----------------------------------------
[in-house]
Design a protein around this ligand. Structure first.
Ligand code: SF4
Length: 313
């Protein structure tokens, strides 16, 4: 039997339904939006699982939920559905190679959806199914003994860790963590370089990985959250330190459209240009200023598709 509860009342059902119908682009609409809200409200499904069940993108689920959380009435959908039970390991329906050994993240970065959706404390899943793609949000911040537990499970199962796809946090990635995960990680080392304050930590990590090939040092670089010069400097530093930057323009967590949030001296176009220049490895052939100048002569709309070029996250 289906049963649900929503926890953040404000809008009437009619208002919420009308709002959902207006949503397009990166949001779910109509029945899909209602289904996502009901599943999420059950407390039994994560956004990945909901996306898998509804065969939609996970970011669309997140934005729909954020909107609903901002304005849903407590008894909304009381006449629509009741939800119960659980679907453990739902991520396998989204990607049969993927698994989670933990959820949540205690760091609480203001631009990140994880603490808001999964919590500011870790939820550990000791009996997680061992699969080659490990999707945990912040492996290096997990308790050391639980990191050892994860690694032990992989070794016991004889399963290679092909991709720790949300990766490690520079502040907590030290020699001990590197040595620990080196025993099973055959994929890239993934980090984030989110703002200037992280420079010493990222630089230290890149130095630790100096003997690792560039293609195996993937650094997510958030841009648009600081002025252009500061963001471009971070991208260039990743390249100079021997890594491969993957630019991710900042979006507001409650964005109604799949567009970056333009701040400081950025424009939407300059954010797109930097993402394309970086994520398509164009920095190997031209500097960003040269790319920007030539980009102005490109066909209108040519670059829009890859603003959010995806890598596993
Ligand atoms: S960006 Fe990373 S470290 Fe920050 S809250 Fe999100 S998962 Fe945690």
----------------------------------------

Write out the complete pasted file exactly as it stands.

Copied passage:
[in-house]
Design a protein around this ligand. Structure first.
Ligand code: SF4
Length: 313
């Protein structure tokens, strides 16, 4: 039997339904939006699982939920559905190679959806199914003994860790963590370089990985959250330190459209240009200023598709 509860009342059902119908682009609409809200409200499904069940993108689920959380009435959908039970390991329906050994993240970065959706404390899943793609949000911040537990499970199962796809946090990635995960990680080392304050930590990590090939040092670089010069400097530093930057323009967590949030001296176009220049490895052939100048002569709309070029996250 289906049963649900929503926890953040404000809008009437009619208002919420009308709002959902207006949503397009990166949001779910109509029945899909209602289904996502009901599943999420059950407390039994994560956004990945909901996306898998509804065969939609996970970011669309997140934005729909954020909107609903901002304005849903407590008894909304009381006449629509009741939800119960659980679907453990739902991520396998989204990607049969993927698994989670933990959820949540205690760091609480203001631009990140994880603490808001999964919590500011870790939820550990000791009996997680061992699969080659490990999707945990912040492996290096997990308790050391639980990191050892994860690694032990992989070794016991004889399963290679092909991709720790949300990766490690520079502040907590030290020699001990590197040595620990080196025993099973055959994929890239993934980090984030989110703002200037992280420079010493990222630089230290890149130095630790100096003997690792560039293609195996993937650094997510958030841009648009600081002025252009500061963001471009971070991208260039990743390249100079021997890594491969993957630019991710900042979006507001409650964005109604799949567009970056333009701040400081950025424009939407300059954010797109930097993402394309970086994520398509164009920095190997031209500097960003040269790319920007030539980009102005490109066909209108040519670059829009890859603003959010995806890598596993
Ligand atoms: S960006 Fe990373 S470290 Fe920050 S809250 Fe999100 S998962 Fe945690």